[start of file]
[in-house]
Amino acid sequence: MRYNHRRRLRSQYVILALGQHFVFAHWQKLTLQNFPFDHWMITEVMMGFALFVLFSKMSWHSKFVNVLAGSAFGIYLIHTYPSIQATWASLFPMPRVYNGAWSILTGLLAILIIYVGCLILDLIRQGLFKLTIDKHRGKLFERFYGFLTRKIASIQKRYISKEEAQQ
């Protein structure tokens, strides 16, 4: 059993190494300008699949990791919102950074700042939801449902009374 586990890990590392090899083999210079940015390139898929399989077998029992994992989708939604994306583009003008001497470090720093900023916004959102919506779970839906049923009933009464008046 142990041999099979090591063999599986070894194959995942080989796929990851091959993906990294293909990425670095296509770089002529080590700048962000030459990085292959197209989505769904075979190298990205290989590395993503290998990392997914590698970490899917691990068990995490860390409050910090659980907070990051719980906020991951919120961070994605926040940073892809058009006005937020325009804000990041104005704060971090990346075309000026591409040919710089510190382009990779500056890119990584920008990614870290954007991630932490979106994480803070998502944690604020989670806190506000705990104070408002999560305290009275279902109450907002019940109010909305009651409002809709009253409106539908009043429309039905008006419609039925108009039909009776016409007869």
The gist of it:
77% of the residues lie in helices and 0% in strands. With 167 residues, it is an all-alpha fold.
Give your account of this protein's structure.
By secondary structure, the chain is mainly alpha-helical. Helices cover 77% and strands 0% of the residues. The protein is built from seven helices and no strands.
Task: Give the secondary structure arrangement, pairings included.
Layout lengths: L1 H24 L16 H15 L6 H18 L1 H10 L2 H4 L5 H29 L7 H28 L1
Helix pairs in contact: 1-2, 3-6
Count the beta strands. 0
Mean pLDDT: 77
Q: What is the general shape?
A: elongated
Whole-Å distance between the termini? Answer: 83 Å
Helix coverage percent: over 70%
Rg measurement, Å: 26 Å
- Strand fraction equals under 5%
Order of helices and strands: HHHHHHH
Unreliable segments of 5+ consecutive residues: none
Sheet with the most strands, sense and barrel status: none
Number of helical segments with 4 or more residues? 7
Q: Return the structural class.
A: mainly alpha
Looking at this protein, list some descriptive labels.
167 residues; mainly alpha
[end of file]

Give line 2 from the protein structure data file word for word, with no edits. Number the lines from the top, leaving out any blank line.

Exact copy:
Amino acid sequence: MRYNHRRRLRSQYVILALGQHFVFAHWQKLTLQNFPFDHWMITEVMMGFALFVLFSKMSWHSKFVNVLAGSAFGIYLIHTYPSIQATWASLFPMPRVYNGAWSILTGLLAILIIYVGCLILDLIRQGLFKLTIDKHRGKLFERFYGFLTRKIASIQKRYISKEEAQQ